A group of researchers is calling for a new approach to the problem of homeless individuals congregating in Binns Park, one that builds more collaboration among stakeholders and reflects increased empathy, respect and sensitivity toward the population they’re trying to assist.
Their recommendations are summarized in “People & Places: Community need and the use of public space in Binns Park,” a report based on 18 months of research in Binns Park between early 2021 and mid-2022.
Binns Park has been a flashpoint for debates about homelessness policy. Individuals congregate daily under the eaves of the County Government Center, piling their belongings along the wall, on park benches and in a nearby bus stop shelter.
Officials have tried to discourage food distribution at the park, due to trash and food safety concerns. In March, the Lancaster County commissioners discussed installing fencing around the perimeter of the County Government Center, which is adjacent to the park, citing ongoing problems with food waste, public urination, vomiting and verbal abuse of county staff.
“This is a pretty contentious issue,” lead author Jennifer Frank said Tuesday in an online presentation introducing the “People & Places” report to local nonpofit leaders and other interested parties.
Frank is a professor of social work at Millersville University. She works with the university’s Center for Public Scholarship & Social Change, through which the research was conducted. The other authors are Mary Glazier, the center’s former director; and graduate students Rachel Preibisch and Dawn Watson.
Frank said the team was able to compile a “massive amount of data.” The study period was broken into three phases: An initial three months of passive observation; then a round of surveys of elected officials, outreach workers, social service agency leaders; and lastly, a dozen “semi-structured” interviews with the congregants themselves.
The surveys included not only official outreach workers, but a number of people and organizations who bring food, clothing and other incidentals to the park on an informal, volunteer basis. As Frank noted, the information gathered was qualitative, not quantitative.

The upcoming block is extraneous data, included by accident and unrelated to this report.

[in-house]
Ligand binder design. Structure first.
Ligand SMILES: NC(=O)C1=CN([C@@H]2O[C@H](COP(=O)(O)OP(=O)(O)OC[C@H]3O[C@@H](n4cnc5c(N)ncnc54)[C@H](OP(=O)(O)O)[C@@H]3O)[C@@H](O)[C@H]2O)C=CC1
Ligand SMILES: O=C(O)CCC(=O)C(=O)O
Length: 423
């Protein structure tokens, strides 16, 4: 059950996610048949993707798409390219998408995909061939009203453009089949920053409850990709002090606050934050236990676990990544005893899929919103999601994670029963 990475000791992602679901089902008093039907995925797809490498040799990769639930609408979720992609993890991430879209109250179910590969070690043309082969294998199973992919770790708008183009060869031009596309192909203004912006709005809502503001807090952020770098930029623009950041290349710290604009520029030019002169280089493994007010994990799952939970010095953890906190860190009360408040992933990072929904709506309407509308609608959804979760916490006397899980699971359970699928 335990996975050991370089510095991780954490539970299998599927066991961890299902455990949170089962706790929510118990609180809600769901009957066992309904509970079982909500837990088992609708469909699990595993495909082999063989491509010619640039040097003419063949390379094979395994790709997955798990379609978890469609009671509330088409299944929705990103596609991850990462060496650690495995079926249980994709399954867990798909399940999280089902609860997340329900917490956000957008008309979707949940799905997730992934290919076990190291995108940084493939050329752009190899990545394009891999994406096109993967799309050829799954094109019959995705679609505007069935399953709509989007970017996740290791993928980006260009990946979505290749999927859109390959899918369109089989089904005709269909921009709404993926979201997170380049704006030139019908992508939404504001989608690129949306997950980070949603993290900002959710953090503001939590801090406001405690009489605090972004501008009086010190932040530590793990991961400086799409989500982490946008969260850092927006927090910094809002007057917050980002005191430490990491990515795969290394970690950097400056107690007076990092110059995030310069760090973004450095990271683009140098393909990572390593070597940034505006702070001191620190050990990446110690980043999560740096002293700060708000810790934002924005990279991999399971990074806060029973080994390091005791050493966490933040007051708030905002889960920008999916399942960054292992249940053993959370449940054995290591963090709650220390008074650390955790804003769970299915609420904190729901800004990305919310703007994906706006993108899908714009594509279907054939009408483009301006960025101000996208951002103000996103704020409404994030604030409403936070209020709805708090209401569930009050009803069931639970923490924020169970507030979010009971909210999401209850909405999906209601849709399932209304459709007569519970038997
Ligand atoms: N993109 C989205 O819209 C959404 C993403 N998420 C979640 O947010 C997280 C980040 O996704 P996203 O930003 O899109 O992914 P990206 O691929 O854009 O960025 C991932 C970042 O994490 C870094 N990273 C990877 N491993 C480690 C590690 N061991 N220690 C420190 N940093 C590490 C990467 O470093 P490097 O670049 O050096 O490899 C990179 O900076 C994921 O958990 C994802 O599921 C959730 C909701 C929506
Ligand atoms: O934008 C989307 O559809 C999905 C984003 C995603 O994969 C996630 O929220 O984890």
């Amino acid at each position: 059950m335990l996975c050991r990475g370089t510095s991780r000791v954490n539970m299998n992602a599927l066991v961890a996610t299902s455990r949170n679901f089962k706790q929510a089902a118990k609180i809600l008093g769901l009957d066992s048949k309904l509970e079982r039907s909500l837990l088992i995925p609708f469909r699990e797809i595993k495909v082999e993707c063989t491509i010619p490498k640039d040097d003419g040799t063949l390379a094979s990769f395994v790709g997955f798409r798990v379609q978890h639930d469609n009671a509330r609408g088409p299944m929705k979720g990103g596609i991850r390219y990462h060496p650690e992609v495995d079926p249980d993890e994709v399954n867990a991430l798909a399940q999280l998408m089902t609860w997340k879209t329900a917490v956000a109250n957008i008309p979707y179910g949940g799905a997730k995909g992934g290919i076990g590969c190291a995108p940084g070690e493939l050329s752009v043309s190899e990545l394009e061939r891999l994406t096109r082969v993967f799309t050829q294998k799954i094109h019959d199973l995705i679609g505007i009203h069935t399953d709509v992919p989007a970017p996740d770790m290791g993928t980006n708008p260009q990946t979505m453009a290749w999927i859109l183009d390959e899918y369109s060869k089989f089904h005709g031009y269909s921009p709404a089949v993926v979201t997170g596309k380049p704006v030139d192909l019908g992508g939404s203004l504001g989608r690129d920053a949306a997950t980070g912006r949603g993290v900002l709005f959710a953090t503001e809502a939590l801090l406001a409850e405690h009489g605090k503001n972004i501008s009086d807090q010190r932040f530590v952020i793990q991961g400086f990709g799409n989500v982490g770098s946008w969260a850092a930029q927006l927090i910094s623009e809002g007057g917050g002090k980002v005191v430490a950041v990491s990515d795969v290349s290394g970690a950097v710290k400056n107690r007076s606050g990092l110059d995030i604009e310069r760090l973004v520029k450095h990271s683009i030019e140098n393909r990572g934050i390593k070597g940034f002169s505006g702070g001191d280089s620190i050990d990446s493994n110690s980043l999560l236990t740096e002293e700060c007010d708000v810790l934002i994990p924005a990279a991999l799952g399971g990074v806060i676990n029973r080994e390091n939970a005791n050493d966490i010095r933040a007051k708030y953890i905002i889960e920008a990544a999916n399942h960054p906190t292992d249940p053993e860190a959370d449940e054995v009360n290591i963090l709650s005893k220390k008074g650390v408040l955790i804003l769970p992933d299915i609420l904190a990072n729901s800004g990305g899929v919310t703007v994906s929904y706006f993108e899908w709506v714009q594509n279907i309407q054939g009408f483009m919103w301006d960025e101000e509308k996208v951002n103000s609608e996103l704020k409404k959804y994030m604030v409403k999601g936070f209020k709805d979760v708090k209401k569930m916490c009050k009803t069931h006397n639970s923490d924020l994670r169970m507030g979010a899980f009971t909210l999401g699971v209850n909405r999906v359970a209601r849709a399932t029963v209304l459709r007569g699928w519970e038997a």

What were the findings? Trash and drug use are indeed endemic problems. Congregants were observed conducting private activities in public: bathing, urinating, having sex in a makeshift tent. Many clearly have physical and mental impairments or show signs of drug addiction.
On the other hand, the team saw less conflict and police interaction than it had expected, Frank said. Much of what it saw was routine social interaction: Sitting and chatting, hanging out.
The researchers identified a range of “disconnects” in perceptions of the park’s problems and potential solutions, based on observers roles and level of interaction with the congregants themselves. The report’s analysis frames the issues in terms of a tension between “people” — the needs of congregants — and “place” — the need for clean and orderly public space.
The team’s recommendations begin with increasing the local supply of affordable housing, emergency shelters and transitional housing — efforts the city and county are making, in the county’s case through its redevelopment authority.
This week, on Tuesday, the city and authority agreed to a joint plan to increase city shelter capacity and build out a homelessness services hub on South Prince Street. The following day, the county commissioners approved the redevelopment authority’s $7.76 million plan for applying federal grant dollars to affordable housing and shelter initiatives.
The report also calls for making mental health and addiction treatment more accessible — something local nonprofits agree is necessary and are trying to achieve. The county, for its part, has expanded its mental health crisis response capability, and the district attorney has expanded arrest diversion options.
The report suggests that social service agencies and grassroots volunteers work to find common ground, perhaps mediated by outreach workers. And it suggests that institutional social service providers rethink their policies to be more welcoming.
A key point: Only a small minority of the congregants are sleeping outside. Swelling their ranks are people from shelters, friends and acquaintances and other regulars. Some see the park as a convenient place to do drugs or to sell them to people they know are addicts.
The diversity of people who use Binns Park makes both defining the problem and arriving at solutions difficult,” the report says.
“There is no evidence to suggest that simply closing Binns Park will be a successful strategy,” it says. The problems will simply recur elsewhere unless the underlying conditions are dealt with.
Deb Jones, director of the Office of the Homelessness Coalition at the redevelopment authority, expressed thanks on the coalition’s behalf for the Millersville University team’s research, and said it highlights “the need for a stronger collaboration at all levels, to which we also concur.”
Frank said the team welcomes input on its next steps, and that it envisions convening follow-up discussions to build connections and mutual understanding among those concerned about the park and those who frequent it.
“We want people to get on the same page,” she said. “At the heart, there’s some common ground … People don’t want suffering in our community.”
(Editor’s Note: This article was updated May 1 to correct the description of Mary Glazier: She is former director, not the current one, of the Center for Public Scholarship & Social Change.)